Saturday, January 29, 2011

Is the Media Making Us Numb?

Let's face it, we all know about the crisis going on in Egypt right now. Yet, have you consciously been affected to the point of tears or been emotionally moved by this violence. If you have no idea how ridiculous it's getting over there, take a look at the video.

The video is just one of many many other videos that show the current turbulence and chaos going on in the country. These people are fighting for all the marbles, man. They're putting it all out there because they're so sick and tired of an oppressive and authoritative government suppressing their lives. As ridiculous as this sounds, people are like eagles, don't clip their wings so they can't fly. Through this video, I see firsthand what is the result of pent-up emotion and frustration. These people had such few options and the enmity towards the government was so widespread that it has led to this disastrous calamity. Even the internet was shut down in an attempt to prevent further mass leakage about what is going on in Egypt. Yet, what are we doing about it? In fact, what is the U.S., one of Egypt's biggest supporters, doing about it? They are not even supporting either side, simply being apathetic and not supporting the need for democracy.

I don't support the violence, and I never will. The glorified aspects of violence seem awesome and fascinating until you experience it firsthand. That doesn't mean I don't play a bit of Halo Reach and Black Ops here and there or enjoy engrossing myself in the latest "Saw" film to come out. However, this is different. This is real life stuff, but most of us and most of the U.S. seems so apathetic. The media is making us numb with constant coverage about sickening acts of murder and crime that happen daily and the genocides and natural disasters happening all over the world. I'll admit it, the things happening in Egypt didn't convict me at all until finally I watched a video on my friend's Facebook of a man being beat to death (unfortunately, I can't find a way share that video with you all). Maybe even my indulging of this aestheticized violence through video games and movies is numbing me as well. It's a sad world isn't it?


  1. I agree completely with this post. We all know that we see the headlines for the crisis going on in Egypt, but most of us simply take a quick glance and then return to our daily routines. It truly is important to see these people as human beings, just like us. The violence that is happening over in Egypt is absurd, and until this problem is worked out we will continue seeing videos like this plastered all over the Internet.

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  3. Contrary to the idea that humans do not differentiate between real and fictional violence, a quick Google Scholar search turns up a couple interesting studies that show demonstrable physiological differences between viewing fictional and actual violent footage. The two abstracts read:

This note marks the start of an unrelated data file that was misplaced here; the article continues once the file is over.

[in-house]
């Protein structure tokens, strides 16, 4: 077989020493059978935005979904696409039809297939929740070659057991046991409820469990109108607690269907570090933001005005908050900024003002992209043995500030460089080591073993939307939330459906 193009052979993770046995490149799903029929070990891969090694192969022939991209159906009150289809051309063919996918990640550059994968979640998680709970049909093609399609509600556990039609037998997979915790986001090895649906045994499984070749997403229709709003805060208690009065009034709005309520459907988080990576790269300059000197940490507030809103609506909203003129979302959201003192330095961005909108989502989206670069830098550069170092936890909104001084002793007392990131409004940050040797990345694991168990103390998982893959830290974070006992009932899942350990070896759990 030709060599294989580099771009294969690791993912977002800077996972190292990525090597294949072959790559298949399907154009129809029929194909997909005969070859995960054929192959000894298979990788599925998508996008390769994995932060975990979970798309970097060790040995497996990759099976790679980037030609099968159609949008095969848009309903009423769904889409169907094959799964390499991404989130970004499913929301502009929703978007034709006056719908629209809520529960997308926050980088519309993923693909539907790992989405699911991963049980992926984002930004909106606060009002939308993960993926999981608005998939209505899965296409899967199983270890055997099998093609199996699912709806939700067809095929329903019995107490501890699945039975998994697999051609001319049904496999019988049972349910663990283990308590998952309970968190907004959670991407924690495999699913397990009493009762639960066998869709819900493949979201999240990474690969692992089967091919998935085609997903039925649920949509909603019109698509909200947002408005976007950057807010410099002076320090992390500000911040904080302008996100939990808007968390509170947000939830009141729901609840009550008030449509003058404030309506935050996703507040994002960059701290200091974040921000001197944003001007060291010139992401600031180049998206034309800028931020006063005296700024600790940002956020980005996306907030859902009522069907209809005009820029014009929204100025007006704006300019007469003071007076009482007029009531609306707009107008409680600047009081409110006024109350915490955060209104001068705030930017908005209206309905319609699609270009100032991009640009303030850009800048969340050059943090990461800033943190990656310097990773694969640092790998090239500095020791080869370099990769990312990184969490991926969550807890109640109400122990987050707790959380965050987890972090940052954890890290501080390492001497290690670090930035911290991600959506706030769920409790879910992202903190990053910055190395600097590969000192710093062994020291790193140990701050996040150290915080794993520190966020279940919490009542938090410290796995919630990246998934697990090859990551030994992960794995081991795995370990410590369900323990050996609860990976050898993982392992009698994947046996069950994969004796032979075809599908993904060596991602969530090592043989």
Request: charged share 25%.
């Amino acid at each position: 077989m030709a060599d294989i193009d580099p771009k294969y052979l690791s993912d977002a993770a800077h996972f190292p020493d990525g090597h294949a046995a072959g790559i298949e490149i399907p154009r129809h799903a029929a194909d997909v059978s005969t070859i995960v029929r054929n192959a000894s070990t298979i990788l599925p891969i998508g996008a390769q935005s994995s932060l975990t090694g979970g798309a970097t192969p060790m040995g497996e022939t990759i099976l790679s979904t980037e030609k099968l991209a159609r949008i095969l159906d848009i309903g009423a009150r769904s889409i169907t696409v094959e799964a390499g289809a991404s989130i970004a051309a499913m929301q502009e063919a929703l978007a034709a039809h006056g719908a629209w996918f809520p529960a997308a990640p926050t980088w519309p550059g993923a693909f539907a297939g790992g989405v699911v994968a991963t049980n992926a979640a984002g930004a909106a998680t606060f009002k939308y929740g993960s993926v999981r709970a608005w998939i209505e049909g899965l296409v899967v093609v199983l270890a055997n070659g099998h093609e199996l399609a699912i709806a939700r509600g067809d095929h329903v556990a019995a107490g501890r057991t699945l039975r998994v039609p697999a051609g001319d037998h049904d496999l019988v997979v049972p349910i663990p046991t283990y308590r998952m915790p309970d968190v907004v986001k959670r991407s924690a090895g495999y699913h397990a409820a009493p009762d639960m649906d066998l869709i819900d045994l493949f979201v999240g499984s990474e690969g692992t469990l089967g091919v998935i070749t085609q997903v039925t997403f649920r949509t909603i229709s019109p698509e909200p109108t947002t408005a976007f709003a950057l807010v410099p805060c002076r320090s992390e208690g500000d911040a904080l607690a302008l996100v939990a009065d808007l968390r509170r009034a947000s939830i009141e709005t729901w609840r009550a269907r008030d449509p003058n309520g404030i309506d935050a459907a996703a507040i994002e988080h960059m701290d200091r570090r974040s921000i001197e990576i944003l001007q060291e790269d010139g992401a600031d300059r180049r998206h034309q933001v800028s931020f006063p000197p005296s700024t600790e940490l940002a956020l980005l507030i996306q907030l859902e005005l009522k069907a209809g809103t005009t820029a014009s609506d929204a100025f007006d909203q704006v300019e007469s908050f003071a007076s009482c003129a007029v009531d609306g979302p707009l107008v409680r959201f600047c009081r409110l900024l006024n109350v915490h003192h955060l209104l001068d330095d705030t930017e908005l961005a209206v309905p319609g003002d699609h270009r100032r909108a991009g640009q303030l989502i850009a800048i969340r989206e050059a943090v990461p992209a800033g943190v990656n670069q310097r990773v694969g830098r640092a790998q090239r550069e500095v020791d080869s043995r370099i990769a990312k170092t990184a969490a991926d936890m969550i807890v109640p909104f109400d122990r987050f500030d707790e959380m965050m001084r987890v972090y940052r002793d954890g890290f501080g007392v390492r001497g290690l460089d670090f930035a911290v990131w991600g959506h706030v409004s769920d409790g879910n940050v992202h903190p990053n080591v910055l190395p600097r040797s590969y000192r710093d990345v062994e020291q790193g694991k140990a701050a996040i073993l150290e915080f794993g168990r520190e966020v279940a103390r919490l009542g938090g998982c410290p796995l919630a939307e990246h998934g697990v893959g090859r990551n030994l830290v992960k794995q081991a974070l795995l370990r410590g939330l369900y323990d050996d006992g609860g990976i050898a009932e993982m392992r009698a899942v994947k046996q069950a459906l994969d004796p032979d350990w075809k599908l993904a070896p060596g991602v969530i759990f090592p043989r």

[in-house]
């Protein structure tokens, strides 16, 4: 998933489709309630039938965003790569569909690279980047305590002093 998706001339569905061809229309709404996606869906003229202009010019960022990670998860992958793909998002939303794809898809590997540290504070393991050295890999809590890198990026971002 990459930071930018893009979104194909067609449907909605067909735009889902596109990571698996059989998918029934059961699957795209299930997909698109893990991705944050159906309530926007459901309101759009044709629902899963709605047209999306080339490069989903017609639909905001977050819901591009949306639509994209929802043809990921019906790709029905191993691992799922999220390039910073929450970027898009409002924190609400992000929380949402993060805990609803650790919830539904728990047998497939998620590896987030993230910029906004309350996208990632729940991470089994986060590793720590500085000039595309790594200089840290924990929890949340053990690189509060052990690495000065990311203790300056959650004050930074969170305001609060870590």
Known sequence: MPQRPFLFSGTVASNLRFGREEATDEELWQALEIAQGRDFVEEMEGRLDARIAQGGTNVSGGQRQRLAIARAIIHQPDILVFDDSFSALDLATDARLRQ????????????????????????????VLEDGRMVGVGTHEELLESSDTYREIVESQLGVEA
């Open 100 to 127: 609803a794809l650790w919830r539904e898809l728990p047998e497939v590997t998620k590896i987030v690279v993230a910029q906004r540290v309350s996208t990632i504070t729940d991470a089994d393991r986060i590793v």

Sixty male subjects were either attacked or treated neutrally by a confederate, after which each saw a videotape of two men fighting. Subjects were informed that fight was either real or fictitious or were given no explanation of it. Subjects who had previously been attacked and had observed the fight under a set to perceive it as real were subsequently more punitive in their treatment of the confederate than subjects in all other conditions. The combination of prior attack and observation of real violence also sustained blood pressure (BP) at near the level produced by the attack, whereas BP of attacked subjects in the other conditions declined during the time the fight was observed. Palmar sweat measures revealed that observation of real violence was more arousing than observation of fictitious fighting. The results are discussed in terms of the effects that the reality of observed violence has on emotional arousal.

    Of 96 male undergraduates, one-third saw a violent film which they were told represented a real event, one-third saw the same film presented as a fictional event, and the remaining subjects saw no film. One-half of the subjects in each group had been attacked previously by a confederate while the others had not. Each subject was then given an opportunity to aggress against the confederate by administering shocks to him as punishment in a learning task. Results indicate that subjects who observed real violence delivered stronger shocks to the confederate than subjects who viewed fantasy violence or saw no film. Subjects who were angered and saw the real film were the most punitive toward the confederate.


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